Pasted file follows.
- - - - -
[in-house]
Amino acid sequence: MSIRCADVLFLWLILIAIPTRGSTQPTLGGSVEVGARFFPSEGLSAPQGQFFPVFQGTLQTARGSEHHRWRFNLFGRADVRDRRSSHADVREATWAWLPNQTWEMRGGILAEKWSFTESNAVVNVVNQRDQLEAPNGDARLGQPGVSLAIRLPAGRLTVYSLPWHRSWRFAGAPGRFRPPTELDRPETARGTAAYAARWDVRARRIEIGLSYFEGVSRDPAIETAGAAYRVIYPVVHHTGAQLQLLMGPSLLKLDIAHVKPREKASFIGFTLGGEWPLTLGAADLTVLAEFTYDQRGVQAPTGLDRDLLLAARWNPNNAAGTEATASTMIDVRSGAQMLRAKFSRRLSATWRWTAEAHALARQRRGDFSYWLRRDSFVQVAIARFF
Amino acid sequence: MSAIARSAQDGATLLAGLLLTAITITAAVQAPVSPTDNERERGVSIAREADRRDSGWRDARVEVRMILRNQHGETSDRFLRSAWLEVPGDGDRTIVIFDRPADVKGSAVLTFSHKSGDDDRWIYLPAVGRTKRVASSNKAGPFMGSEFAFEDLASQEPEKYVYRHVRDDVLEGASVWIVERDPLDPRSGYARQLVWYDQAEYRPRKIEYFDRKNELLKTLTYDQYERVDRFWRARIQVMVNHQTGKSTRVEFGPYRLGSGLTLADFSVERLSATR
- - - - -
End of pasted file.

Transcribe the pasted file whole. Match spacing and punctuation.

[in-house]
Amino acid sequence: MSIRCADVLFLWLILIAIPTRGSTQPTLGGSVEVGARFFPSEGLSAPQGQFFPVFQGTLQTARGSEHHRWRFNLFGRADVRDRRSSHADVREATWAWLPNQTWEMRGGILAEKWSFTESNAVVNVVNQRDQLEAPNGDARLGQPGVSLAIRLPAGRLTVYSLPWHRSWRFAGAPGRFRPPTELDRPETARGTAAYAARWDVRARRIEIGLSYFEGVSRDPAIETAGAAYRVIYPVVHHTGAQLQLLMGPSLLKLDIAHVKPREKASFIGFTLGGEWPLTLGAADLTVLAEFTYDQRGVQAPTGLDRDLLLAARWNPNNAAGTEATASTMIDVRSGAQMLRAKFSRRLSATWRWTAEAHALARQRRGDFSYWLRRDSFVQVAIARFF
Amino acid sequence: MSAIARSAQDGATLLAGLLLTAITITAAVQAPVSPTDNERERGVSIAREADRRDSGWRDARVEVRMILRNQHGETSDRFLRSAWLEVPGDGDRTIVIFDRPADVKGSAVLTFSHKSGDDDRWIYLPAVGRTKRVASSNKAGPFMGSEFAFEDLASQEPEKYVYRHVRDDVLEGASVWIVERDPLDPRSGYARQLVWYDQAEYRPRKIEYFDRKNELLKTLTYDQYERVDRFWRARIQVMVNHQTGKSTRVEFGPYRLGSGLTLADFSVERLSATR